Apple AirPods and Beats charging case technology targeted in patent suit

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A lawsuit leveled against Apple on Tuesday claims the company's latest designs, including AirPods and Powerbeats Pro products, infringe on patents covering magnetic earbud cases.

Filed in the U.S. District Court for the Southern District of Texas, the complaint from GUI Global Products, Ltd., operating under trade name Gwee, claims Apple infringes on four patents detailing methods of securing, controlling and charging earbud headphones in a case via magnets.

Gwee's U.S. Patent Nos. 10,589,320, 10,562,077, 10,259,021 and 10,259,020 each cite company cofounders Walter G. Mayfield and Dan Valdez as inventors, and describe systems in which a switching device is magnetically coupled to an electronic device. In certain embodiments, a portable electronic device nests into, and receives control signals from, the switching device and is further protected from the elements by a hinged lid.

Apple's AirPods, AirPods Pro and Powerbeats Pro sport features similar to those described in Gwee's IP. Both product lines incorporate methods of magnetically securing earbuds in a form-fitting case that also acts as a portable power supply. Control signals activate and deactivate the earbuds when the lid of the case is opened and closed, mimicking behavior discussed in Gwee's patents, the suit claims.

Whether Gwee's IP is enforceable or even relates to Apple's technology is unclear. Each patent is primarily concerned with lens cleaning devices that attach to another product — a floating sunglass case is described in one example — through magnets. These magnets can, in some embodiments, activate a switch that controls certain functions of a host device.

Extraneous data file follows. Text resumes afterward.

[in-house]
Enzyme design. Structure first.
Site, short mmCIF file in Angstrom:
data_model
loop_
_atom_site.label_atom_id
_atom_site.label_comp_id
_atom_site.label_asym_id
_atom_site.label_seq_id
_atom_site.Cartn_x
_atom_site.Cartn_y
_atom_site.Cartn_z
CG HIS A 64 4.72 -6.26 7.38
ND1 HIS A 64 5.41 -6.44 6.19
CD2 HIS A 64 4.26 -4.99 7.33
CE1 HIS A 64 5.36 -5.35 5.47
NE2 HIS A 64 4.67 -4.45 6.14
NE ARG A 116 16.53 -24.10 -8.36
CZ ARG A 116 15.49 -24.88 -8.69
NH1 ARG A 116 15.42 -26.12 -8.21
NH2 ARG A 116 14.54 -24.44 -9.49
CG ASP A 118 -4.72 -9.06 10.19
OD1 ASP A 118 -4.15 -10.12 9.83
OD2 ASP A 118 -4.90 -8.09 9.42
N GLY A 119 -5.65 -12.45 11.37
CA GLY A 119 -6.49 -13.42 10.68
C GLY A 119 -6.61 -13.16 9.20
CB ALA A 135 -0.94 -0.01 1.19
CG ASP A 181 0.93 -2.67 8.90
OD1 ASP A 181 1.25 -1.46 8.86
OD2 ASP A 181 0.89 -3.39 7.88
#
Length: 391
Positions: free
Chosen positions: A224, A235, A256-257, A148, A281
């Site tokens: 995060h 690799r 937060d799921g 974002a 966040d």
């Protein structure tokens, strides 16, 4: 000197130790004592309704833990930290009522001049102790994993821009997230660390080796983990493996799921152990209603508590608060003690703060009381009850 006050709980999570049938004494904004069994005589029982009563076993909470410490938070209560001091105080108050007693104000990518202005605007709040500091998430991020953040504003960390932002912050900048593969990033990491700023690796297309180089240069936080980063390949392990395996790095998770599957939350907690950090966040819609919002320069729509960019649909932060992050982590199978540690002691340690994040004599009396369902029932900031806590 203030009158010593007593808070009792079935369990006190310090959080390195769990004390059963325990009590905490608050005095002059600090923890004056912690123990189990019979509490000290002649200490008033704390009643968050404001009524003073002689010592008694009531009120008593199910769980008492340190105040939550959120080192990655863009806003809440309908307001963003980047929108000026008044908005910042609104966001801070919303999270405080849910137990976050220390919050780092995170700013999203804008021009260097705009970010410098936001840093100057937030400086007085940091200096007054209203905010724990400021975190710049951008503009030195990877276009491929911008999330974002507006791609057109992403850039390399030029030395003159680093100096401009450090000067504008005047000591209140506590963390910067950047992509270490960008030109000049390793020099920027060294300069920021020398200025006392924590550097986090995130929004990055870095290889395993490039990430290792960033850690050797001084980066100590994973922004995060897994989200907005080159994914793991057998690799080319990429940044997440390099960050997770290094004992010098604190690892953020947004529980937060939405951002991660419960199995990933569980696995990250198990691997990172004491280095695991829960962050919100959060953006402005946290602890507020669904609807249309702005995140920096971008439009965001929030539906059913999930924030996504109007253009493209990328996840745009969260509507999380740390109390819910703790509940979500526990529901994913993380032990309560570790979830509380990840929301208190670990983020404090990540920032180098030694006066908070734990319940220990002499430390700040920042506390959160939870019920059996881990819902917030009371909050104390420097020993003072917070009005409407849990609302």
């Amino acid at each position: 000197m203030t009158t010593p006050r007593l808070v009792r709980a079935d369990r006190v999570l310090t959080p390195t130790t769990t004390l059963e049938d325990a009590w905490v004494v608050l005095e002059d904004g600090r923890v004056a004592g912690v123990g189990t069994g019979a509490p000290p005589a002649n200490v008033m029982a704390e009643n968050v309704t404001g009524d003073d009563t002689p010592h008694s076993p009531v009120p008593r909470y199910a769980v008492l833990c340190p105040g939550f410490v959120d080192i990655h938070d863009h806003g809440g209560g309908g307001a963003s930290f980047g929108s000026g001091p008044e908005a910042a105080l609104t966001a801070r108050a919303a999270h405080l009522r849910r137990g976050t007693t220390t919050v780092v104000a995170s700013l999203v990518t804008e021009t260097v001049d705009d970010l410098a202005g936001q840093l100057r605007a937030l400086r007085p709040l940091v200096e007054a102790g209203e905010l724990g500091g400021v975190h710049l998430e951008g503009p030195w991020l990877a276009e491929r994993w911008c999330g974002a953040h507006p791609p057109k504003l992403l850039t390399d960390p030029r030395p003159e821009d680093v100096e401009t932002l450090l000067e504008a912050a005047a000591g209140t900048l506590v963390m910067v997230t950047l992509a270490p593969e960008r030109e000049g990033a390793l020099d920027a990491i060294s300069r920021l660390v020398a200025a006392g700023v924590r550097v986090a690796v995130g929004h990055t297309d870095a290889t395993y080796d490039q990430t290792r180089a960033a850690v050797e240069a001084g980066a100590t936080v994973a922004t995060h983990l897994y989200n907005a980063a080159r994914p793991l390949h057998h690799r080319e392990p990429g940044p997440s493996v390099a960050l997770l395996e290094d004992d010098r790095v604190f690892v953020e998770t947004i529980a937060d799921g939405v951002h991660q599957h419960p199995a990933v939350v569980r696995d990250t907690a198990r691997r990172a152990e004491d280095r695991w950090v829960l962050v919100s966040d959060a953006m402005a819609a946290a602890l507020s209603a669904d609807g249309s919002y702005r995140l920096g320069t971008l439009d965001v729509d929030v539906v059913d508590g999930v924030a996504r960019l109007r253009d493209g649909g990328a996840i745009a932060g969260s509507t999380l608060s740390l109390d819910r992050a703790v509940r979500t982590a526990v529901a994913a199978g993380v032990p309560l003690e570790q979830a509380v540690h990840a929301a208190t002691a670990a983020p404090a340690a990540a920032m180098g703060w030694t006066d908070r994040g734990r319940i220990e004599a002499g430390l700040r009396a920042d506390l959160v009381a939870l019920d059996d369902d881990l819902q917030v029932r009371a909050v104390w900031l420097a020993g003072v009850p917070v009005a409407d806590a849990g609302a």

"In addition to their cleaning functionality, the cleaning components of the application have a functionality of being able to active magnetic switches on devices having such switches. This is particularly useful in saving battery life as it does not require the cover of such devices to be closed (the normal mode for activation of such switches)," the '320 patent reads. "In the use of tablet devices having a magnetic switch, the cleaning components are particularly useful as the tablet can be put into hibernation mode with a single touch to the cleaning component as compared to the multiple touches required to do the same thing using the touch pad of the tablet."

Each patent contains multiple aspects that build on the magnetic attachment theme, including contingencies for devices "without a cleaning component" like a vaguely defined "wireless earbuds" product. No patent specifically or comprehensively details a headphone retainment, charging and control system as employed by Apple in its wireless headphone lineup, though such capabilities are alluded to in patent claims.

Gwee seeks damages and court fees in its suit against Apple.

 

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